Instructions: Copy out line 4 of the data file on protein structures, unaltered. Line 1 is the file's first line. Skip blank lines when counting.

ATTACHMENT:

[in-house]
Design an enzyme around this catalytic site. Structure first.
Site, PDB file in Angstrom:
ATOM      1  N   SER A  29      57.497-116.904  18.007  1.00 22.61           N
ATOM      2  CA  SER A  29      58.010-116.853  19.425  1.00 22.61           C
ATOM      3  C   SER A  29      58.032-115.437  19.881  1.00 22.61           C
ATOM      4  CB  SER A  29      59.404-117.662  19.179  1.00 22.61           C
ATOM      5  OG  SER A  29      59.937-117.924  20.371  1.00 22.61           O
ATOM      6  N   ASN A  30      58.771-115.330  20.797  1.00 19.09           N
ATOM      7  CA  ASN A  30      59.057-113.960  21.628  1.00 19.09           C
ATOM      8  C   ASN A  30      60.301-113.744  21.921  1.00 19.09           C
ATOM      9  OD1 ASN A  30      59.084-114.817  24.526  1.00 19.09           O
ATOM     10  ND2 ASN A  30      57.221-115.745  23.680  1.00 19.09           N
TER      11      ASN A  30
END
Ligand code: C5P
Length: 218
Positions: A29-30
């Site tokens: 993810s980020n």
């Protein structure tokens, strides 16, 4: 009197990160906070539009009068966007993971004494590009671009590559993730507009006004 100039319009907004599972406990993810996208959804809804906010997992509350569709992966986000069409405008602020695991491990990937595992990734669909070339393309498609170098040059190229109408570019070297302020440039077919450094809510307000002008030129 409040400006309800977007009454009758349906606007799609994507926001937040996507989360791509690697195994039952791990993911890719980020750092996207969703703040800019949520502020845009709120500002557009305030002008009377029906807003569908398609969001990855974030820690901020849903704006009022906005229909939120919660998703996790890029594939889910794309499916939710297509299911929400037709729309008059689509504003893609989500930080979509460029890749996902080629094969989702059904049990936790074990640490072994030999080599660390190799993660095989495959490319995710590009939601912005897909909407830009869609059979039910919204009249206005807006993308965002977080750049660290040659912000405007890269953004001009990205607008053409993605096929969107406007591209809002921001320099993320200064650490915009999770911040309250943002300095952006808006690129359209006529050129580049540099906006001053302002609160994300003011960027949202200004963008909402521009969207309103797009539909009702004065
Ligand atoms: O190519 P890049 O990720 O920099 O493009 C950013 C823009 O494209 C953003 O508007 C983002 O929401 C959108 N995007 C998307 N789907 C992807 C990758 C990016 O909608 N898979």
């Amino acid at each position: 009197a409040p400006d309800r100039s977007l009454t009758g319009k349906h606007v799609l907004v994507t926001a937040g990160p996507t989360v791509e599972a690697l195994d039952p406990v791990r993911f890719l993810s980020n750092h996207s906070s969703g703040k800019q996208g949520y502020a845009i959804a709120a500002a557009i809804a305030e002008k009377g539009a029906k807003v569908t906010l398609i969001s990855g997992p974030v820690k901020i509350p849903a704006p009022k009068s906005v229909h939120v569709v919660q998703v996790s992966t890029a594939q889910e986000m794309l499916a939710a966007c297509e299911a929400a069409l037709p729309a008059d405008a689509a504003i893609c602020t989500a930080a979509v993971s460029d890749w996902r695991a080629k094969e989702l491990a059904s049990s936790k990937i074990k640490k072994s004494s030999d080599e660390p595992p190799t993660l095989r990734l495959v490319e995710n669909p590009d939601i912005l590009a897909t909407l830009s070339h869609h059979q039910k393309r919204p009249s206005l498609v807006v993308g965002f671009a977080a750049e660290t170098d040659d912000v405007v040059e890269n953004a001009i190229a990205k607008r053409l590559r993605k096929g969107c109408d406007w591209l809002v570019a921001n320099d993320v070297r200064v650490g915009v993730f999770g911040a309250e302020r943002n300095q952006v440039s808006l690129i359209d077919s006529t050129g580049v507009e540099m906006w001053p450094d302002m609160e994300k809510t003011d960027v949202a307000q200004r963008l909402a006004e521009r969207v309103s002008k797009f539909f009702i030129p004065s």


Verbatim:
ATOM      1  N   SER A  29      57.497-116.904  18.007  1.00 22.61           N